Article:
The excise system and collection of excise duty is administered by the Tax Office. Amendments to excise legislation and major policy changes are dealt with by Treasury.
The excise system relies on voluntary compliance. The Tax Office expects that licensed manufacturers and persons entrusted with excisable goods will carry out their responsibilities honestly, appropriately and on time.
In accordance with the Taxpayers' Charter , the Tax Office assesses a licensee's performance in an impartial, fair and professional manner, presuming that licensees try to deal honestly.
The Taxpayers' Charter is complemented by The Compliance Model , which explains the Tax Office's attitude to compliance. http://connect/sb/content.asp?doc=/content/kdNet/SbjCmplMdl.htm
Briefly, the history of excise in Australia is as follows:
- Around 1792 the NSW Army Corps conducted trade using rum as currency.
- 1799 saw the introduction of the first collection of excise on spirits.
- A government brewery was set up in Sydney in 1802.
- In 1838 the first excise duties were imposed in South Australia on locally produced spirit.
- The Victorian government in 1892 imposed an excise on beer, although a lower rate applied to beer made only from barley-malt and hops.
- With federation in 1901, control of excise passed from the States to the Commonwealth Government and the whole Australian market was opened to licensed alcohol producers on payment of uniform excise duties.
Customs administered all excise matters until February 1999 and current excise legislation reflects the historical administration by Customs.
Excise duties are fixed rates of duty (for example $ per litre of alcohol) as opposed to ad valorem rates of duty (% of $ value). Current rates may be seen at Excise rates of duty . Due to the level of the rates, excise duty comprises a significant part of the final product price which the consumer pays.
In order to ensure that the correct amount of excise duty is paid, highly regulated physical and documentary controls are in place from the time of manufacture of excisable goods until the time of payment of the excise duty.
This guide outlines the excise legislation and the processes and controls that make up the excise system in the Tax Office.
The Alcohol Industry Group (AIG) was set up in February 1999 with the transfer of the excise administration and revenue collection function from Customs to the Tax Office. The processing of payments is carried out by a separate group - the Excise Returns Processing Unit in Wollongong.
The Wine Equalisation Tax (WET) Business Unit was introduced with the implementation of tax reform on 1 July 2000 and became part of the AIG in May 2001.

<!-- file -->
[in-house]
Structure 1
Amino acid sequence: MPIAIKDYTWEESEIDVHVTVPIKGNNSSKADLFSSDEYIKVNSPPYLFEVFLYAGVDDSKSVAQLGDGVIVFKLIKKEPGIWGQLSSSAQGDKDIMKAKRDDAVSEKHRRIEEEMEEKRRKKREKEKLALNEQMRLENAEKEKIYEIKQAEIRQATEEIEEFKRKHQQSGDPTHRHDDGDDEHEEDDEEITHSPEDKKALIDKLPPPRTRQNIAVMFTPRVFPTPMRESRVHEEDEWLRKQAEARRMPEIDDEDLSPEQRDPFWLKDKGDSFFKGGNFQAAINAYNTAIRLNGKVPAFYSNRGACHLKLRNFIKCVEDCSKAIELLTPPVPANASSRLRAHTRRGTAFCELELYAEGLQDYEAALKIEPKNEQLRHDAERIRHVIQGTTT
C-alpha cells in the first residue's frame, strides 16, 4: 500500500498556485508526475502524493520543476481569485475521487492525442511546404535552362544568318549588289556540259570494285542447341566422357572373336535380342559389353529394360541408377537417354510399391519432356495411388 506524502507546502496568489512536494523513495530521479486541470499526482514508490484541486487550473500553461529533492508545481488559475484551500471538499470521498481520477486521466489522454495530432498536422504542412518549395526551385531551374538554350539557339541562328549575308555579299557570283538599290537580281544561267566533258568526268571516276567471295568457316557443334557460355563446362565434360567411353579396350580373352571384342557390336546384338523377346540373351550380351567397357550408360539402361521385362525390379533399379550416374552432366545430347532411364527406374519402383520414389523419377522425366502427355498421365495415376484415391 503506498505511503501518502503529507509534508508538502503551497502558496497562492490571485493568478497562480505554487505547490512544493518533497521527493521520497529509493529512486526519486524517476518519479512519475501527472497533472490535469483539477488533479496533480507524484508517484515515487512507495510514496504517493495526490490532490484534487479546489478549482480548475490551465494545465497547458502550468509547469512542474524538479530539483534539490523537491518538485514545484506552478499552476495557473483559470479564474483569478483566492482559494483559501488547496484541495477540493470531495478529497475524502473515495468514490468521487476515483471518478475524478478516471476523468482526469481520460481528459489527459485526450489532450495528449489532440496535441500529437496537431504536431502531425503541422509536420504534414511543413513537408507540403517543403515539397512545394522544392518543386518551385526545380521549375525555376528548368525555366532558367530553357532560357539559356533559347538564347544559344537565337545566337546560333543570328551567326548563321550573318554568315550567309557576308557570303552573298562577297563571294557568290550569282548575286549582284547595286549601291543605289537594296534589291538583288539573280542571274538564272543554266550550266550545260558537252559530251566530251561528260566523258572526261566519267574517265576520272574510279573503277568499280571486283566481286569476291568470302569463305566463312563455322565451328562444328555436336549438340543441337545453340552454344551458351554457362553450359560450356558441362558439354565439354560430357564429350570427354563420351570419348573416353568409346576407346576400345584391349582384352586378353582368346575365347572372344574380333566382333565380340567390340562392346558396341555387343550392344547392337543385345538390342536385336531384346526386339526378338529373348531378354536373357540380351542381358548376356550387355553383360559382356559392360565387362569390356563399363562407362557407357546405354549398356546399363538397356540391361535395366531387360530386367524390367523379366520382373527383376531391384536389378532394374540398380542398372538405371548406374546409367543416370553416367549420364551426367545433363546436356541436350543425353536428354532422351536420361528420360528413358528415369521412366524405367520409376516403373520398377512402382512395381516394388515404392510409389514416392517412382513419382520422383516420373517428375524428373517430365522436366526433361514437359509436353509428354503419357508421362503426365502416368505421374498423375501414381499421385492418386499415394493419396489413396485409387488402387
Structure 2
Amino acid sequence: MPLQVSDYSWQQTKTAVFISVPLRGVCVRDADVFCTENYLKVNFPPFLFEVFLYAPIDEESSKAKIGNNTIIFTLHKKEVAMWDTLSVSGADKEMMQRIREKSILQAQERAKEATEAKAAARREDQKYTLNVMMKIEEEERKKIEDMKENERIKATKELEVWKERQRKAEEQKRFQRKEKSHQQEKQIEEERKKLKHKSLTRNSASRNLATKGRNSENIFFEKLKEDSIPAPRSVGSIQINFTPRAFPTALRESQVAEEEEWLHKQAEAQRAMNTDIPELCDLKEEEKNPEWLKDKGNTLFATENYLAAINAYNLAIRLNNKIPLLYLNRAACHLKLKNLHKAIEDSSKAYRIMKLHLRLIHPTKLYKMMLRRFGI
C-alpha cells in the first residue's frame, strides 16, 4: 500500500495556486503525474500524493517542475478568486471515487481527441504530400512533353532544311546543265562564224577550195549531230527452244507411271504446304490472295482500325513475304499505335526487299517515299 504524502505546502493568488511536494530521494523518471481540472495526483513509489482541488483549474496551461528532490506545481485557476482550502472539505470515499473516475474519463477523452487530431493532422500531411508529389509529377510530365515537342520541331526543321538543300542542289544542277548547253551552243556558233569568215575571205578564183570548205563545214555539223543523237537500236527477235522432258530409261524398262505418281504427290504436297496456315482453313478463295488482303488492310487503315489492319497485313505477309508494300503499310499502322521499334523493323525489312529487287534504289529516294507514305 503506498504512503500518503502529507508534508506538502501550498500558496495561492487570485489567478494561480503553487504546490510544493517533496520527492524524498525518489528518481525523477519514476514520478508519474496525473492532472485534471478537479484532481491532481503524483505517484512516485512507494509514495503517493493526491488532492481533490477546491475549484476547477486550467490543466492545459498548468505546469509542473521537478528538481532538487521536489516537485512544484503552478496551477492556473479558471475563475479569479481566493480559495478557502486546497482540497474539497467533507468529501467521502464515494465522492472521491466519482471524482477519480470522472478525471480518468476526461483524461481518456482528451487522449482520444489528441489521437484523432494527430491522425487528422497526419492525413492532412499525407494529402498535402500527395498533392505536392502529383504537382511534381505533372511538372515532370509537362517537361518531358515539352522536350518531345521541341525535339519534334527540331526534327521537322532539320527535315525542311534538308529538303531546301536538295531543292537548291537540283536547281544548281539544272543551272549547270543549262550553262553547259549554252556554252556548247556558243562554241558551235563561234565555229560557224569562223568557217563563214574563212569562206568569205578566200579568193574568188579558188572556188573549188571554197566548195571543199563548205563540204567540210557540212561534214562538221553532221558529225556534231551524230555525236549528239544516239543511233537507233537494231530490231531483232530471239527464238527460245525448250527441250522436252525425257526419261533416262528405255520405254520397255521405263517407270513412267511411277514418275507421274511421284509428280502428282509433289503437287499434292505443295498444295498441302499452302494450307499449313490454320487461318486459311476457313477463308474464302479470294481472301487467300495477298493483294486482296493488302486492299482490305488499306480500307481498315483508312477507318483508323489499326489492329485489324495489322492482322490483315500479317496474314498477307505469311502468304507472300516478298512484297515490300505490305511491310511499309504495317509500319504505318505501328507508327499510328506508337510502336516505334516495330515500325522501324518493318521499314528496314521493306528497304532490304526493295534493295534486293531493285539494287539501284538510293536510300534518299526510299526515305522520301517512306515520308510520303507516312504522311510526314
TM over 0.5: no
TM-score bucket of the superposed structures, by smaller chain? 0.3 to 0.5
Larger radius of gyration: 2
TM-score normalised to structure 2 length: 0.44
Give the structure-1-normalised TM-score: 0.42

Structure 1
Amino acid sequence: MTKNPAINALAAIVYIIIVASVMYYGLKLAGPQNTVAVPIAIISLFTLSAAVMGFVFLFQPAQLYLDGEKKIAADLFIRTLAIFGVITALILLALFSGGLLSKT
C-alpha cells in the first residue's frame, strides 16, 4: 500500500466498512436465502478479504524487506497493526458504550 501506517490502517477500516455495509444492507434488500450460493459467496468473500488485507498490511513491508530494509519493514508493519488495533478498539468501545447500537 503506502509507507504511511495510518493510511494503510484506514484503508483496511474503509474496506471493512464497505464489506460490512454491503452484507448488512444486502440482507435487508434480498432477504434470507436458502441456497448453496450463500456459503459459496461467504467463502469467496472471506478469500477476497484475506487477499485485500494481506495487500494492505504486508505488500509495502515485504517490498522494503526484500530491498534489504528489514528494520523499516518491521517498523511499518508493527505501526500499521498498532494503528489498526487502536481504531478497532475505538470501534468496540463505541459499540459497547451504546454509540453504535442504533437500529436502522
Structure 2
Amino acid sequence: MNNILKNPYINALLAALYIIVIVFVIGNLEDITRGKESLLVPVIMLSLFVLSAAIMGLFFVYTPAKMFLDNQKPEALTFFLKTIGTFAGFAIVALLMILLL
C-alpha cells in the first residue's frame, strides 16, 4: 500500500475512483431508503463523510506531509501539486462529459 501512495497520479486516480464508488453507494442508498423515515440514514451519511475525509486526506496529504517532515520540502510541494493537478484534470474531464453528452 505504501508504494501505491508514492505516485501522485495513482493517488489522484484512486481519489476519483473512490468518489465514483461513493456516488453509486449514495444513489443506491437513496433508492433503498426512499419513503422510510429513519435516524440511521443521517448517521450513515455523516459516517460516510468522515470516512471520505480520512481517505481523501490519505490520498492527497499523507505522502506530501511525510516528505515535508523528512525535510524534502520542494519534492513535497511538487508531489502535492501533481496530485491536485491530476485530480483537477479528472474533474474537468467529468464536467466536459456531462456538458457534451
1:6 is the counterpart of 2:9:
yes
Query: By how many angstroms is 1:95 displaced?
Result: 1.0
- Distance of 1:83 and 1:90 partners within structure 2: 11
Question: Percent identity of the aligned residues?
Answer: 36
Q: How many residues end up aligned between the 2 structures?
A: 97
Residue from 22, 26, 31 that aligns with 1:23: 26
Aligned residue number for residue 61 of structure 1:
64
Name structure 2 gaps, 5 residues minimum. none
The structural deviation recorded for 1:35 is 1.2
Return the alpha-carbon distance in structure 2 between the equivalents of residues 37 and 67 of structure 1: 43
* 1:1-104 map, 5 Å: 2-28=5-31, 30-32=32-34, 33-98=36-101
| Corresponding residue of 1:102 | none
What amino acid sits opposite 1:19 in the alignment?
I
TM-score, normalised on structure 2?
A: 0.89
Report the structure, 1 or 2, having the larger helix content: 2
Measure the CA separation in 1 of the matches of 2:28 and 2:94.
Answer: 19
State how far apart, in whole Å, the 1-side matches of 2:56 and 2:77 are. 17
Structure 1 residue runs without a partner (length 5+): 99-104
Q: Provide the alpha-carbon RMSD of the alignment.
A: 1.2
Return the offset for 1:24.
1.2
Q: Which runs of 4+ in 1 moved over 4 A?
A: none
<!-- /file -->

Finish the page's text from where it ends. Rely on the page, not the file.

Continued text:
In addition to administering the legislation contained in the Excise, Distillation, Spirits and WET Acts and associated regulations, the AIG's other roles include:
- being a single point of contact to clients
- liaising with clients, industry and other agencies to identify and implement ways to improve our administrative systems
- providing technical advice and support
- issuing licences to alcohol clients
- granting permissions to move under bond goods
- administration of the Concessional Spirits Permit Scheme
- administration of the refunds, remissions, drawbacks and rebates regime
- risk assessment and management, and
- compliance management.
In this guide, unless otherwise stated, a reference to the:
- Excise Act is a reference to the Excise Act 1901
- Excise Acts is a reference to the Excise Acts as defined in section 4 of the Excise Act 1901
- Excise Regulations is a reference to the Excise Regulations 1925
- Excise Tariff Act is a reference to the Excise Tariff Act 1921
- Distillation Act is a reference to the Distillation Act 1901
- Distillation Regulations is a reference to the Distillation Regulations 1926
- Spirits Act is a reference to the Spirits Act 1906
- Spirits Regulations is a reference to the Spirits Regulations 1926
- Taxation Administration Act is a reference to the Taxation Administration Act 1953
- WET Act is a reference to the A New Tax System (Wine Equalisation Tax) Act 1999
- WET Regulations is a reference to A New Tax System (Wine Equalisation Tax) Regulations 2000, and
- Collector is a reference to the Chief Executive officer (CEO) or an authorised officer - section 4 Excise Act 1901 .
Throughout this guide, except where excise legislation is quoted, the words Tax Office are used to indicate Collector, CEO and Commissioner.